The chances of the Mullaperiyar dam breaking, which will lead to washing out of Ernakulam, Kottayam and Allepey districts, is a real danger. Read our petition in Hon’ble Supreme Court of India for urgent remedial action

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SYNOPSIS AND LIST OF DATES
  1. The Petitioners are instituting the instant writ petition for he considers that there is a real and imminent threat to the safety of the Mullaperiyar dam and that if the dam were to collapse due to the unprecedented rains or seismic activity, which by no stretch of imagination can be termed as unreasonable or ill-founded apprehension, he along with his  family, so too millions of citizens of the state of Kerala will perish.
  2. The Mullaperiyar Dam is an over-a-century old gravity dam of 53.6 m in height and a reservoir capacity of 443 million m3. It impounds the Periyar River in Kerala State, downstream to Tamil Nadu. It was constructed in 1895 by the British government to provide irrigation and eventually began to generate power. At the time of construction, the dam had an intended lifespan of 50 years. Still, in service over a century later, the dam is said to show significant structural flaws and may be at risk of failure.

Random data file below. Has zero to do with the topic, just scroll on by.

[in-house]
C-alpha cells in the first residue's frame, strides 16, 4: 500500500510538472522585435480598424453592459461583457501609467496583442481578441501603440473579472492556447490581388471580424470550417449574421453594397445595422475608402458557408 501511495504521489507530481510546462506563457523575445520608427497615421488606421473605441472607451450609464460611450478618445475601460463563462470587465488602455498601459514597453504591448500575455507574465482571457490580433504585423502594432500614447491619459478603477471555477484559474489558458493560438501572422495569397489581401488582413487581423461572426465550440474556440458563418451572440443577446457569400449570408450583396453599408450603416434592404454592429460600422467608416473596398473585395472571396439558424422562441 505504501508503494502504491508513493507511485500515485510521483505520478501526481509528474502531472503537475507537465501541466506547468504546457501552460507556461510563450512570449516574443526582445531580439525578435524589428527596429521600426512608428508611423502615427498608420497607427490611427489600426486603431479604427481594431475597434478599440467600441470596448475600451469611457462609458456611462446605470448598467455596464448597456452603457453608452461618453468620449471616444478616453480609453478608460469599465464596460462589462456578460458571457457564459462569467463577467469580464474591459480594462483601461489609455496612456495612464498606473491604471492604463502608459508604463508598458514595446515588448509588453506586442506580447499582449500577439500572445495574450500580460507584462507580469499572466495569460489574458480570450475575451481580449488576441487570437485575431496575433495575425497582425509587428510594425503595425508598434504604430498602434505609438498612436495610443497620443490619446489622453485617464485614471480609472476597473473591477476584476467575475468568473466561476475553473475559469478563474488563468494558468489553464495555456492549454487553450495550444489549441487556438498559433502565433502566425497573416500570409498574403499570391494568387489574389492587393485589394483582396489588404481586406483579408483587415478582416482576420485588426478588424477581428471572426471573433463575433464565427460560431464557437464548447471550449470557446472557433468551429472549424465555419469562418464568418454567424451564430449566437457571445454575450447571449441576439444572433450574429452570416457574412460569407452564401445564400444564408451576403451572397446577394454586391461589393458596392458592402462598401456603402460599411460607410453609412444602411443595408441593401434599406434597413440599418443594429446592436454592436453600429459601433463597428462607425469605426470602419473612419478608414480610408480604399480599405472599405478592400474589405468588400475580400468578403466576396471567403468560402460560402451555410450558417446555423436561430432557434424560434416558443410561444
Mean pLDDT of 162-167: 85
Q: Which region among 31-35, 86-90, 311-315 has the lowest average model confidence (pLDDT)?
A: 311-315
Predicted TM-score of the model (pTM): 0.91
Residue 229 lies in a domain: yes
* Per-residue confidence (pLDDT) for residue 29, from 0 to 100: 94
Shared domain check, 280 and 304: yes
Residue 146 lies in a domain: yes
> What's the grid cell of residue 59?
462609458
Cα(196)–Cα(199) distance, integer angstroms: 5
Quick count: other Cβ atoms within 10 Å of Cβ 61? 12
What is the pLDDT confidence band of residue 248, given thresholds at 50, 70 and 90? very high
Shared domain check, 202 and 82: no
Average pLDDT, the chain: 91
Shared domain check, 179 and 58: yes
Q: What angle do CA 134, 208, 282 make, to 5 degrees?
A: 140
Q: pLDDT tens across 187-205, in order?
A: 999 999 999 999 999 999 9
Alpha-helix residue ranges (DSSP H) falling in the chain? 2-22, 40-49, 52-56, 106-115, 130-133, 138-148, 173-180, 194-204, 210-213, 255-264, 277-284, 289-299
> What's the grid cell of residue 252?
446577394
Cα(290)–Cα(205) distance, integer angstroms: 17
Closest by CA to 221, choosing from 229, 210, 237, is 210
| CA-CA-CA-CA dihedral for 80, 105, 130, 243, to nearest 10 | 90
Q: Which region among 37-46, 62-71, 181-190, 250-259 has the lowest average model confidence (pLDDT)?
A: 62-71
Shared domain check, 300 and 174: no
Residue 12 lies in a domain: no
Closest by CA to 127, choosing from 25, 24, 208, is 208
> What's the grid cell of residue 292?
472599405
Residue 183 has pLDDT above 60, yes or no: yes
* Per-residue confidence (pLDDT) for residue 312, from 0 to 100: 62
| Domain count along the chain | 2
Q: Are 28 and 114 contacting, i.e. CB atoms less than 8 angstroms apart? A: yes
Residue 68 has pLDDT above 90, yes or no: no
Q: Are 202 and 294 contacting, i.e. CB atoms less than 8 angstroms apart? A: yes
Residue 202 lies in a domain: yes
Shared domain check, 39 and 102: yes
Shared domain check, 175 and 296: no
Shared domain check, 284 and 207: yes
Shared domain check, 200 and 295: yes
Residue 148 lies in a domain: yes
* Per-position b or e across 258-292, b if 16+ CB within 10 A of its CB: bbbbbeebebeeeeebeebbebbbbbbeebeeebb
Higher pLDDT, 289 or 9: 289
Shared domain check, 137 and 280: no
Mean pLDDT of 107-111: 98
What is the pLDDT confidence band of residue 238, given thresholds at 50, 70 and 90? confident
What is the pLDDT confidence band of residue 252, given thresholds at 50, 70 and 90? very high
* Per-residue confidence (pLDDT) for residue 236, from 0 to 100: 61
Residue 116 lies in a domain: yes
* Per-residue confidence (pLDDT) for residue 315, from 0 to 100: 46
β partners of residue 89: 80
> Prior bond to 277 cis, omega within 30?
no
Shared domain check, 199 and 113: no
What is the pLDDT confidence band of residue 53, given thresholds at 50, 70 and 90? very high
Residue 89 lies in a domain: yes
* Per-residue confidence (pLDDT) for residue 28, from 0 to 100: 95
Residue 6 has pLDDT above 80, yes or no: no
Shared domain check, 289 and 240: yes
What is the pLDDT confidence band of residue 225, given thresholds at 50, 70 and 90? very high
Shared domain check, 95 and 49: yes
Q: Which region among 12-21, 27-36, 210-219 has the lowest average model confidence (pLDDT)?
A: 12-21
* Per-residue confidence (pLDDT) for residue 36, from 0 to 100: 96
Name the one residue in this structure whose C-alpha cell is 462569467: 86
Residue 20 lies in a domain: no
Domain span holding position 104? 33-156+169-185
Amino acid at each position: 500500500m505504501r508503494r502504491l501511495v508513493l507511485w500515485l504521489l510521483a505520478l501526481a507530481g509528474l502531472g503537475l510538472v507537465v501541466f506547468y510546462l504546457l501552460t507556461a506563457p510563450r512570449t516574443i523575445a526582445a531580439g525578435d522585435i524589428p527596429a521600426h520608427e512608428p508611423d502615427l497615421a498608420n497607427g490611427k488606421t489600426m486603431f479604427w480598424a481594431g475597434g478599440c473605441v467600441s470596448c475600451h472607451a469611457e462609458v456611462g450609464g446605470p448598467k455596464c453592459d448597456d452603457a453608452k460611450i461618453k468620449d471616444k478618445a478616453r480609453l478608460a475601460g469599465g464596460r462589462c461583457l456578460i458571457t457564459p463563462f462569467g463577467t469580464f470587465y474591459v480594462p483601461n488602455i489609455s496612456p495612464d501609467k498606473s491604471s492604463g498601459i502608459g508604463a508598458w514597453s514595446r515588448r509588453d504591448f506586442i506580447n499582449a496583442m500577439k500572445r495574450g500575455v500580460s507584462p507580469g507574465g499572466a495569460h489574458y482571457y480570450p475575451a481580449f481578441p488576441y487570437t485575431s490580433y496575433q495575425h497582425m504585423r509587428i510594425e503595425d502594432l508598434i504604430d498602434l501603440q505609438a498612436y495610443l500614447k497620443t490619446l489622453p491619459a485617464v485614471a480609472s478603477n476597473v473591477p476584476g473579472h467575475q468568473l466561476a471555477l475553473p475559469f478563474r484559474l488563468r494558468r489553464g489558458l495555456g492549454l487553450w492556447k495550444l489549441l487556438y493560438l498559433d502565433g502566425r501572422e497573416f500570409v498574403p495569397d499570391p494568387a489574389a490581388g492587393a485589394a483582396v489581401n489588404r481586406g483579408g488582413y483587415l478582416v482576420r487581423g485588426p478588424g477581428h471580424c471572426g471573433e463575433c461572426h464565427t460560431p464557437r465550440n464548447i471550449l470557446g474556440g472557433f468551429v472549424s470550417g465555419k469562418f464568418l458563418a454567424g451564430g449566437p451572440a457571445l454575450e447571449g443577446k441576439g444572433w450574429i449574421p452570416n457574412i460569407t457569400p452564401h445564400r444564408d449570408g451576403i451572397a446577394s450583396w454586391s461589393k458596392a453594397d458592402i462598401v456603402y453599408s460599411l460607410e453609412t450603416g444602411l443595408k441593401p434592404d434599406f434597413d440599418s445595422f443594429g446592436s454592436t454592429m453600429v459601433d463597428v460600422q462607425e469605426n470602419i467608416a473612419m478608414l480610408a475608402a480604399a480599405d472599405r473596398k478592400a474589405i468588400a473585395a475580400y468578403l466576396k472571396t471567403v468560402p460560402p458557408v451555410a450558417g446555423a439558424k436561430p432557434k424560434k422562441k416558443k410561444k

3. The dam is located in a seismically active area. A minor earthquake is said to have caused cracks in the dam in 1979, and that in 2011, more cracks appeared in the dam due to seismic activity. Leaks and leaching are also concerning, as the methods and materials used during construction are considered outdated compared to current standards. In response to these structural issues, dam decommissioning has been considered. A dam

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failure risk would be catastrophic. Over 3.5 million people in the lower reaches of Periyar, Azhutha, Meenachilar, Pamba and Manimalayar rivers spreading over 5 districts will be affected. It cannot be overemphasized that the issue has ecological and economic ramifications. Along with human life, the entire flora and fauna in the area would perish. 

  • The heavy rainfall and flooding faced by the State of Kerala in recent years have brought the concerns regarding the safety of the dam to the forefront like never before.
  • The safety issues relating to Mullaperiyar are heavily interlinked with the safety of the dams of the Idukki project downstream. Given the size of the Idukki, the extent of the devastation that could result from failure of Idukki dam is unimaginable. Idukki’s reservoir capacity is about 74400 million cubic feet of water with a weight of more than 2100 million tonnes. The expert committee set up by the State Government to study the Mullaperiyar issues has stated that failure of Idukki dams would lead to inundation of more than three districts of Kerala.